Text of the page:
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For the Los Angeles architecture firm
By Eleanor Rothman Frederick Fisher and Partners Architects July 2010
Between sampling products, making models, printing plots, studying magazines, and using electronic software, architecture firms are constantly in demand of materials. Yet no materials have a permanent home in our offices. Consequently, we end up producing a huge amount of waste. With every mis-‐measured foam roofing model or outdated sample, we send a complicated and valuable material to be thrown away. Yet “away” no longer exists, and you can’t “throw” anything there. The action is obsolete. Our world is spinning towards the day when disposal becomes impossible and all waste must be accounted for. In fact, that day is almost upon us. Thus it is imperative that individuals and company leaders implement sustainable practices in their lives and businesses. Below is a guide for the first steps in waste reduction and responsibility. Take a moment to review these guidelines and do your part, however insignificant it may feel. Remember that America’s mentality is shifting. Our youth is no longer learning about garbage facilities or even recycling: they are learning that there is no such thing as waste.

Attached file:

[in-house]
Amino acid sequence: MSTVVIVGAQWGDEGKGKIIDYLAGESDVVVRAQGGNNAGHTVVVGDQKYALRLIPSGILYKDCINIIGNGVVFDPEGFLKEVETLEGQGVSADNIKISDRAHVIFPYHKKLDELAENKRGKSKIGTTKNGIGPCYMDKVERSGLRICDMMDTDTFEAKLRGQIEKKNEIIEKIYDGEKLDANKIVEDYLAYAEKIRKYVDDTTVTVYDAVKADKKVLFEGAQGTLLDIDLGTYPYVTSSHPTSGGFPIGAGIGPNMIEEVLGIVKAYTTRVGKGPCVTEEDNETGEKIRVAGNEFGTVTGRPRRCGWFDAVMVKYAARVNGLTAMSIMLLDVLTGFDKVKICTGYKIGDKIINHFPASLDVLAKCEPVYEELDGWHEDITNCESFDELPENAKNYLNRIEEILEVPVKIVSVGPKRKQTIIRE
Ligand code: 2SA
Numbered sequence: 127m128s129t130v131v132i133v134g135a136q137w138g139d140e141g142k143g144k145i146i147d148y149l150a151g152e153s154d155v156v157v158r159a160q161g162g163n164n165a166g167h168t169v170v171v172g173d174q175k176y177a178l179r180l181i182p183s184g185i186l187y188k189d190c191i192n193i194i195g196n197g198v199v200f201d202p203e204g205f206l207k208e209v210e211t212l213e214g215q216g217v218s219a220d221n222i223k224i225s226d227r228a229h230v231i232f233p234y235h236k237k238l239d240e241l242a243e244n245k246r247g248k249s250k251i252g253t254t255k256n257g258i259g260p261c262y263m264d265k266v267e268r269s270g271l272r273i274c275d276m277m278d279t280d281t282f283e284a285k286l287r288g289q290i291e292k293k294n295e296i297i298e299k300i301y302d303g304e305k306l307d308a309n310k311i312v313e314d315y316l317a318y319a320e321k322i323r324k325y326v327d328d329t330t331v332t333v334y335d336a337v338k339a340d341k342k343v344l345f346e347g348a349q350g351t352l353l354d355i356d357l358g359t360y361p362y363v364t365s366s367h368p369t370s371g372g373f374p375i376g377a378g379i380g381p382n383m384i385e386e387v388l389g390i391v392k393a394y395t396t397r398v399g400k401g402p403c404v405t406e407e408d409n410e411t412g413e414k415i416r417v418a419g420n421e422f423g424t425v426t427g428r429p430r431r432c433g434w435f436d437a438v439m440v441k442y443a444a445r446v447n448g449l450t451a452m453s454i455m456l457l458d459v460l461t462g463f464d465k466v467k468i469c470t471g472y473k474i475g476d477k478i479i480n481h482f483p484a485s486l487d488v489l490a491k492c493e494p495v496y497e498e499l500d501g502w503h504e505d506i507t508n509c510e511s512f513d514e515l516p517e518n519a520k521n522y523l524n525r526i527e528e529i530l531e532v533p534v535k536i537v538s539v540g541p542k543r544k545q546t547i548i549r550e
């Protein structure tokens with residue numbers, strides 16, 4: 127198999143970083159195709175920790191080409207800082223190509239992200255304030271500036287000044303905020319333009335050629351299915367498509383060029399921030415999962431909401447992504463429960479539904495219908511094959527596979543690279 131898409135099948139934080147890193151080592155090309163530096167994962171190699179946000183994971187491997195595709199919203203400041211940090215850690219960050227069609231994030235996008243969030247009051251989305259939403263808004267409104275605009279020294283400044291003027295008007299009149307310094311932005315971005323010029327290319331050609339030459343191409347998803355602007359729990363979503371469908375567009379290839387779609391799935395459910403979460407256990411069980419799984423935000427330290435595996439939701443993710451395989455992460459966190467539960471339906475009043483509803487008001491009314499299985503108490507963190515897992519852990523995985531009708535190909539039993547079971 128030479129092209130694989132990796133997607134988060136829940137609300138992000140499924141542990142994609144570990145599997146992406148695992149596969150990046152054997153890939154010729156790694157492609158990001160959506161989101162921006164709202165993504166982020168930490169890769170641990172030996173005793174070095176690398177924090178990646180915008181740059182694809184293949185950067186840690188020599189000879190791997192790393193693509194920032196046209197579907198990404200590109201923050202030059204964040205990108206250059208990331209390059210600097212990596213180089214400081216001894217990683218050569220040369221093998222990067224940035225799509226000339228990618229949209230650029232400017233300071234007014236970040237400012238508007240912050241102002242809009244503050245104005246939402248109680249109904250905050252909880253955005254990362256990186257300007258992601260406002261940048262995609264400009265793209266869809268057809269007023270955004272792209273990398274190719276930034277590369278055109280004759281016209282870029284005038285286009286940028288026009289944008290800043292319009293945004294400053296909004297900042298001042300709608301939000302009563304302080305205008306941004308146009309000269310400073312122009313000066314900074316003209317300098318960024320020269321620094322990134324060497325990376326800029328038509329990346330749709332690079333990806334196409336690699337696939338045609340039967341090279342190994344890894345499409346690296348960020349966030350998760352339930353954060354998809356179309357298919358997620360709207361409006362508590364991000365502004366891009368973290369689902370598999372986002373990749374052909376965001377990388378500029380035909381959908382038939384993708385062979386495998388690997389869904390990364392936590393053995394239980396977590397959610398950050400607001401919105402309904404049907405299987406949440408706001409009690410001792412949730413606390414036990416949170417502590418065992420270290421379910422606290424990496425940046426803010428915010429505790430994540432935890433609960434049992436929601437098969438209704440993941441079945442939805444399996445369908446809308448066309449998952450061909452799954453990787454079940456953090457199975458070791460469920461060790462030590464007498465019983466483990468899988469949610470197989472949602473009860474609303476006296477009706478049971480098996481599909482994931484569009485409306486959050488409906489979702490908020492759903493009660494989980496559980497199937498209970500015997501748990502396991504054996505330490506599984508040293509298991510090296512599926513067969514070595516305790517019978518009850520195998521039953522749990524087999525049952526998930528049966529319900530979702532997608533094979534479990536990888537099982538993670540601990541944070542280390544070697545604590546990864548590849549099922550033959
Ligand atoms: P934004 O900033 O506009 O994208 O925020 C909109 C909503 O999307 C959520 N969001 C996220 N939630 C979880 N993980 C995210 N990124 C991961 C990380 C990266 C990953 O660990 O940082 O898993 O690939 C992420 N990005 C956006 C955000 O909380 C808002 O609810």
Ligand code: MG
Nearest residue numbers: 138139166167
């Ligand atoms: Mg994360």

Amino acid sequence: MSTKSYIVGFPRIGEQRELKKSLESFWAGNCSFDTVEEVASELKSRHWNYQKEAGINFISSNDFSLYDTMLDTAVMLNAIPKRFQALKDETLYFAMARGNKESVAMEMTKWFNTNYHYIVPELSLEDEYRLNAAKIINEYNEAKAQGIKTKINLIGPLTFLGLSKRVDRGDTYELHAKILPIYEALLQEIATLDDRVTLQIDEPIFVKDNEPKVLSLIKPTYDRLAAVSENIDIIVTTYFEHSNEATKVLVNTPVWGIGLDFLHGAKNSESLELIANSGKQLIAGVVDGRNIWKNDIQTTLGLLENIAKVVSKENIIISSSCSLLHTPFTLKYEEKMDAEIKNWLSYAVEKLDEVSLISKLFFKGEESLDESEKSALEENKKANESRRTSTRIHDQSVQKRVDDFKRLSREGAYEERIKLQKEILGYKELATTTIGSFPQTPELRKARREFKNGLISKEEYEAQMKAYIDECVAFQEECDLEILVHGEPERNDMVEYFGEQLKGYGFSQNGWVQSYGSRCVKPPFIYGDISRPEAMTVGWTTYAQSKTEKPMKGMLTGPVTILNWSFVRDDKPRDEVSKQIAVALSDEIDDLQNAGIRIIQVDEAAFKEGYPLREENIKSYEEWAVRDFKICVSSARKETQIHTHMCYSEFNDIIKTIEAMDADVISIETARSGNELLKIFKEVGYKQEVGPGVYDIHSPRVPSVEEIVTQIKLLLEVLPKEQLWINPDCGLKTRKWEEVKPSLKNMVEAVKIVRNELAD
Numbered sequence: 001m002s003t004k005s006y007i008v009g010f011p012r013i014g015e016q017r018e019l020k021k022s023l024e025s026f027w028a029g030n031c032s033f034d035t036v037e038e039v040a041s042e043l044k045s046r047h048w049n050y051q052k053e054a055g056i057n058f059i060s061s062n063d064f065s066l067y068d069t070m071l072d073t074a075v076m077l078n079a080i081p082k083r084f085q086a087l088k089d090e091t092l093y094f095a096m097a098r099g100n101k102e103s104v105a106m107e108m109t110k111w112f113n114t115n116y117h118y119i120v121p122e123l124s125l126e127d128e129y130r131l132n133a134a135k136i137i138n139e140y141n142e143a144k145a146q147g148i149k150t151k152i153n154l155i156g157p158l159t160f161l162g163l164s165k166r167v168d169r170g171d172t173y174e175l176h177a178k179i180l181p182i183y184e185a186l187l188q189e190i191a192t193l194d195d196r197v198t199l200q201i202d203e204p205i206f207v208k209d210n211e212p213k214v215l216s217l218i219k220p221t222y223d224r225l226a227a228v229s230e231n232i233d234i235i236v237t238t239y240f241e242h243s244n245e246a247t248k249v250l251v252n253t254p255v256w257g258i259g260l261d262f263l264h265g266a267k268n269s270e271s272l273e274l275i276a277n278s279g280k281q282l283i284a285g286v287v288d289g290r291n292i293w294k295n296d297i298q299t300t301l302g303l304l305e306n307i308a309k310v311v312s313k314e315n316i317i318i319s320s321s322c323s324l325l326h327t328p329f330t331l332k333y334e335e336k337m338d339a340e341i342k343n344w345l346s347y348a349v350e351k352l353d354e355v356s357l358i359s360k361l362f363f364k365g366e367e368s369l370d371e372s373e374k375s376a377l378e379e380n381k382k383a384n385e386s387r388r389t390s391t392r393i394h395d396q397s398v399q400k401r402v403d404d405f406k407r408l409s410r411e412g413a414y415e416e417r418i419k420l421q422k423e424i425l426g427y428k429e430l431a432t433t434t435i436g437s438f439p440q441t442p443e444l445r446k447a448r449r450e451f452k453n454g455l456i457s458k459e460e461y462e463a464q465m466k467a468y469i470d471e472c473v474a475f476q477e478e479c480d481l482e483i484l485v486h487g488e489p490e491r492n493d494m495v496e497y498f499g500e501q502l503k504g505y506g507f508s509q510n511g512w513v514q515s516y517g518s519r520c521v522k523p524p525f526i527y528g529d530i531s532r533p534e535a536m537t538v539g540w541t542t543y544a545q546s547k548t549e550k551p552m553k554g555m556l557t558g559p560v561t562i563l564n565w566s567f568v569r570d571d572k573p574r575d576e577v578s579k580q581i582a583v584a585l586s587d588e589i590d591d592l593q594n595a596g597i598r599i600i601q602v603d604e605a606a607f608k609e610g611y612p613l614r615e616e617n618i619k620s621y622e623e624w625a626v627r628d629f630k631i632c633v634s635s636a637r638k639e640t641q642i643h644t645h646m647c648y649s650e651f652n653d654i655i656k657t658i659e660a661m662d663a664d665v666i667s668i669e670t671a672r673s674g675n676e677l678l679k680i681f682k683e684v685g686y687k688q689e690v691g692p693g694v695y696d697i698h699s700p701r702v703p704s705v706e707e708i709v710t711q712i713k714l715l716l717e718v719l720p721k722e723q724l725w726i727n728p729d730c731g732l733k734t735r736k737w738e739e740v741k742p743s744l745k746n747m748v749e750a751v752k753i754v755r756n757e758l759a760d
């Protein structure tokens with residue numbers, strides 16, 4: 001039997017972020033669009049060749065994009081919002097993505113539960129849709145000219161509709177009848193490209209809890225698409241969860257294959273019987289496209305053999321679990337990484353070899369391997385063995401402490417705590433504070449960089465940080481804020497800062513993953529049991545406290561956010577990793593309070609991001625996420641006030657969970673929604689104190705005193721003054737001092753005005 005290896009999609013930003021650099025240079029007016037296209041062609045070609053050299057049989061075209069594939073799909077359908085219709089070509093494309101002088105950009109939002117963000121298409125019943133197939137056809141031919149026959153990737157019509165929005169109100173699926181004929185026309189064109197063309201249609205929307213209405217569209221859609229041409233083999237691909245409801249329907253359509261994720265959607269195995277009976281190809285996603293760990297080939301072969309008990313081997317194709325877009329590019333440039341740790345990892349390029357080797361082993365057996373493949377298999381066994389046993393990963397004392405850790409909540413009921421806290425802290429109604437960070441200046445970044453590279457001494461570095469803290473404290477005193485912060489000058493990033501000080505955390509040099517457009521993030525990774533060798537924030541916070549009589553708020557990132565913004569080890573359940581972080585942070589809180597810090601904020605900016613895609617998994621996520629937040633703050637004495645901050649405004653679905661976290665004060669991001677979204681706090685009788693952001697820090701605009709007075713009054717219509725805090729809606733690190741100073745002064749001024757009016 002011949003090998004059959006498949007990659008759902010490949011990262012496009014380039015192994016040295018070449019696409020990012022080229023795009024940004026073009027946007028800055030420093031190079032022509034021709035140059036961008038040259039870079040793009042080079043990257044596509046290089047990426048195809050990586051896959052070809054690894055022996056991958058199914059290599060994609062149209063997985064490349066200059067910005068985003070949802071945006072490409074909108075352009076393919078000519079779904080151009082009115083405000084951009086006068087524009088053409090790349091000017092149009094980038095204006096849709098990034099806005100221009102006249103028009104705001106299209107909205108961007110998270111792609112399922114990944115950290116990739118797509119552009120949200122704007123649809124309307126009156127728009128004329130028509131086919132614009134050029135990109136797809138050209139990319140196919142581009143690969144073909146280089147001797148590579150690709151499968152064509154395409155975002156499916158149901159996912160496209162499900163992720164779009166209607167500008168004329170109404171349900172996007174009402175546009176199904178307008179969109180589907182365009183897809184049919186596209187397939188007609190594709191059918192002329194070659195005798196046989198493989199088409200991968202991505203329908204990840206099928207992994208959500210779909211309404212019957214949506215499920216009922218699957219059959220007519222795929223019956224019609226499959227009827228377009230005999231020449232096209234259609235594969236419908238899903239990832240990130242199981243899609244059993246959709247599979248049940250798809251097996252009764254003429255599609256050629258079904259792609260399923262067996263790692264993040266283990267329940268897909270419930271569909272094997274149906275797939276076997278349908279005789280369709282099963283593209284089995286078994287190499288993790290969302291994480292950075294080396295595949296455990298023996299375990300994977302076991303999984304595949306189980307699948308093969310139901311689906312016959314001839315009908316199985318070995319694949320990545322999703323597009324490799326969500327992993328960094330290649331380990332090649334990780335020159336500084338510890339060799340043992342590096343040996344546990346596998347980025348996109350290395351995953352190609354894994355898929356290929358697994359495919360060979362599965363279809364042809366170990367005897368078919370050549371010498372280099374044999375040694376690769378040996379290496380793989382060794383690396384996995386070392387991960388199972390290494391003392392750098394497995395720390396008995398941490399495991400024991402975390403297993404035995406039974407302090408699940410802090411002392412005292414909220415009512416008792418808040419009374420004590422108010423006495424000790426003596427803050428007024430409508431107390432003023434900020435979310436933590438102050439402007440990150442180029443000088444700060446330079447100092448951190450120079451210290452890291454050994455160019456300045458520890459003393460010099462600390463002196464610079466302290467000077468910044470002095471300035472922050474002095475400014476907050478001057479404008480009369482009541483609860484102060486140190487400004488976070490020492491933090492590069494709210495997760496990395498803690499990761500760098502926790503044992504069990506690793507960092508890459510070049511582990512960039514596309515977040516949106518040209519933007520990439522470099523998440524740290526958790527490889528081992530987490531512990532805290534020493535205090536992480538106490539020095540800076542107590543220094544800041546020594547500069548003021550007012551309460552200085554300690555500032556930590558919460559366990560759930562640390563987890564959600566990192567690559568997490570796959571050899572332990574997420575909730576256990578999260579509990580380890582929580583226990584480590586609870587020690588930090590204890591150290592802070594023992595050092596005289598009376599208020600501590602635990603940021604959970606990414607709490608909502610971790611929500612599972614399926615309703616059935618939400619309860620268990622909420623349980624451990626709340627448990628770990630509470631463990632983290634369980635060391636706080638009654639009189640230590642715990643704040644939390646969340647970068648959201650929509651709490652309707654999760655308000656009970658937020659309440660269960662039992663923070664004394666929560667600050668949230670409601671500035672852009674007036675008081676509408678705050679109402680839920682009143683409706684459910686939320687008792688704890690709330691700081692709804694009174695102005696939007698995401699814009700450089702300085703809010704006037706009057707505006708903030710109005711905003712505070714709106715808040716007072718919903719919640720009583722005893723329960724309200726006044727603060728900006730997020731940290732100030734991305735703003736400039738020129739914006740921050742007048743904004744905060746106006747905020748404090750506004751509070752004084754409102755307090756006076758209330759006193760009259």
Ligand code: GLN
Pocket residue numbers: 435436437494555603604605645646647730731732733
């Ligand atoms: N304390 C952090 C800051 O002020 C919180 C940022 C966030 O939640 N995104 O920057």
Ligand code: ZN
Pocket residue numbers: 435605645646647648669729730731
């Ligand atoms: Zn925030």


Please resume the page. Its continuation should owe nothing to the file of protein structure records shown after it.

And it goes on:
By Eleanor Rothman
Use the internet. Many companies are switching to the internet to display their product information. Try to avoid ordering samples and product binders by using online sources whenever possible. This will also open up space in your office. Know your sources. Always opt for the eco-‐minded brand.1 When that isn’t possible, order LOCALLY. For a Los Angeles based firm, samples from California are inherently more sustainable than samples from Italy. Order efficiently. In order to minimize driving/shipping emissions, limit your sample orders to what you actually need and order them in one shipment. Contact the representative. Often, companies producing material samples will reclaim them for reuse or recycle in their own facilities. Such organizations include Shaw Carpet and Heath Ceramics. Some of these reps accept products from other companies, so give them a call. Email the office. Many of our samples have great artistic possibilities. Odds are someone in the office is interested in the materials you are looking to discard. Send out a friendly email to your coworkers and you may get some hits. Post an ad. In a metropolitan Mecca like Los Angeles, people are always looking for something, especially something free. Post an ad for your materials on one of Southern California’s many selling and trading sites, and you’re sure to get plenty of hits and discover exciting projects. Start with Craigslist (www.craigslist.com) and Freecycle (www.freecycle.org), then move on to government